Sometimes life leads us in a new direction that we might not have otherwise taken. For years I have done therapy in an office setting. It has been important to me as a therapist to have a space with all of my tools at hand—books, charts, sand trays, games, music, handouts, art, and always Kleenex. My offices have been “sacred spaces” that offered a quiet, peaceful and confidential atmosphere. Each office has been special in its own way, and I fondly remember each of them.
Now, the pandemic has provided a startling new direction—virtual office! For me that has been phone therapy with email and text contacts. Being able to look into another person’s eyes and observe body language and nuances is helpful in assessment. But, the lack of these has heightened another, even more important assessment, deep listening. This is the kind of listening with no visual distractions.
My tele-clients seem to like this change as well. There is no rushing to get to an appointment on the lunch break or after work. An appointment begins with a text or email asking for an appointment. I then text back available times, and we look for a time that works. At the designated time, the client calls me and we begin our session much like an office session. Some clients say that they are more comfortable not having to “dress up” or find a parking place. Gone are the days when I offered tea or coffee, but clients can have their favorite beverage ready for the session. One of my younger clients has his appointment each time from his car because that is a place of privacy for him.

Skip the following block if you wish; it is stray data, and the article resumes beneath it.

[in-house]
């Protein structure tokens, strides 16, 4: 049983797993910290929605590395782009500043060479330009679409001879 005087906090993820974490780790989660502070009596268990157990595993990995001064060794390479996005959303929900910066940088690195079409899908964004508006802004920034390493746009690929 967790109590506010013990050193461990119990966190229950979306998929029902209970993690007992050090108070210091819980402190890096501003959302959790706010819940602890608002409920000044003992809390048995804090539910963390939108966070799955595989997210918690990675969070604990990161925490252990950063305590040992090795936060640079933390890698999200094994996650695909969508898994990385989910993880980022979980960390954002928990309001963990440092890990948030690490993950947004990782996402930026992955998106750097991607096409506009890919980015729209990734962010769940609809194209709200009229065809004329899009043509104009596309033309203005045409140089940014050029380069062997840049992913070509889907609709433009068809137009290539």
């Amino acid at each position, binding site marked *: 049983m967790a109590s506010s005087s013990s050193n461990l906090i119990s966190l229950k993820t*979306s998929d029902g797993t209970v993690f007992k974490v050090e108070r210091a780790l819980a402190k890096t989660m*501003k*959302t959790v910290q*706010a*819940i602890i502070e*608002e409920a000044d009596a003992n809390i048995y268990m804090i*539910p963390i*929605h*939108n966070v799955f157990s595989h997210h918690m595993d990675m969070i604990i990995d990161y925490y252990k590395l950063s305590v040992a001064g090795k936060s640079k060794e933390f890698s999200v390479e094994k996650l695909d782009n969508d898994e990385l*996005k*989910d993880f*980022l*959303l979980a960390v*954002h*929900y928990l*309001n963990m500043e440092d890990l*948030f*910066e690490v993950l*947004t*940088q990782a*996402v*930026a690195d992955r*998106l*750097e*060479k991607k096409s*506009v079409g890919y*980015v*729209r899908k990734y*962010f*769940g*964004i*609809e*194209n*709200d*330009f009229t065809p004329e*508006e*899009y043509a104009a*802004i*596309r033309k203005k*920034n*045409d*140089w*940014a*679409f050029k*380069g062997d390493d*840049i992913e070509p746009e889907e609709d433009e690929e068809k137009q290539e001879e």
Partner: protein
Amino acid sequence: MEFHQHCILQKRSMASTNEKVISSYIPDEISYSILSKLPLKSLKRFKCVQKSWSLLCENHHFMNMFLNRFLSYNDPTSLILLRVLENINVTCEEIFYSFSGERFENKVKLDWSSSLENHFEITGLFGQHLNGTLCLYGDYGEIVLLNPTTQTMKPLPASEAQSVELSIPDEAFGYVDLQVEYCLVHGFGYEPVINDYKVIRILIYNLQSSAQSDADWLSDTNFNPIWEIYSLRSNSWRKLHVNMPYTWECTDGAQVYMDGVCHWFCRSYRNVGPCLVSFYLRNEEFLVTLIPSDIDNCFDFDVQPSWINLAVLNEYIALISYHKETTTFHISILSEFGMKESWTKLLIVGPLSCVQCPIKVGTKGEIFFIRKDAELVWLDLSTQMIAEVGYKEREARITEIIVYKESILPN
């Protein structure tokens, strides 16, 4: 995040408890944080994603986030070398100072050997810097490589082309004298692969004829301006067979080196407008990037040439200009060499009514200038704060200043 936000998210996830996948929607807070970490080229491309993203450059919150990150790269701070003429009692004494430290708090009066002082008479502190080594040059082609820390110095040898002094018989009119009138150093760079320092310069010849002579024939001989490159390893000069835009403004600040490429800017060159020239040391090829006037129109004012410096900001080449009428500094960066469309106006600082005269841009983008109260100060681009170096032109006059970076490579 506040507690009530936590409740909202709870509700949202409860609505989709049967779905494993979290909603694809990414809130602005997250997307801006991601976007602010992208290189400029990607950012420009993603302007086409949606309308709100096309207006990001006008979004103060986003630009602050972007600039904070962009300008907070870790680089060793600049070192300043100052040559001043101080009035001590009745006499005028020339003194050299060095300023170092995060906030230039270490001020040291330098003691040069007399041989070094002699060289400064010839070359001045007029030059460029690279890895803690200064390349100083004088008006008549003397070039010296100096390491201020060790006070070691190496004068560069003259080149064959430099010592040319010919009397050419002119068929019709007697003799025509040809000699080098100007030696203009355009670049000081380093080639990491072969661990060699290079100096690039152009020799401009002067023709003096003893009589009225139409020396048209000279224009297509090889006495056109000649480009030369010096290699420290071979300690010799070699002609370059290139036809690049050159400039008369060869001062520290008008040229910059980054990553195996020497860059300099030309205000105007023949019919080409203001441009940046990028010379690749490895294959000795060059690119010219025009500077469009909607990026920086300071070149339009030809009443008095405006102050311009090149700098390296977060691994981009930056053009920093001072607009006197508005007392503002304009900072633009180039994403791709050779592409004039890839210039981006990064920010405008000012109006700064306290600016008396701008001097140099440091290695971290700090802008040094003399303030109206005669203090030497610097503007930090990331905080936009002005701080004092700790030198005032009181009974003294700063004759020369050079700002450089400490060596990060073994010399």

Although working from home has the perk of casual dress, I always sit at my desk and honor the time as I would for a professional appointment to help keep my work and my personal life separate. The best part is just the ability to listen to the words and the pauses as my client has the chance to speak in their own time and hear themself think. Good questions are an important part of therapy. Often there is homework given to allow for thinking things through between appointments.
For a complex issue, I usually start with six sessions. There should be some movement or resolution within that time of work. Sometimes the sessions are weekly, and sometimes there is a longer time between sessions. At some point, most clients choose to do maintenance sessions after they have done the necessary work and when they feel ready to check in as needed, even months and years later.
The times and methods are changing. What is constant is the need not to go it alone when there is trouble in your life. Consider virtual therapy and opening a conversation without even leaving home! Even though we are way over hearing, “we are all in this together,” we really are.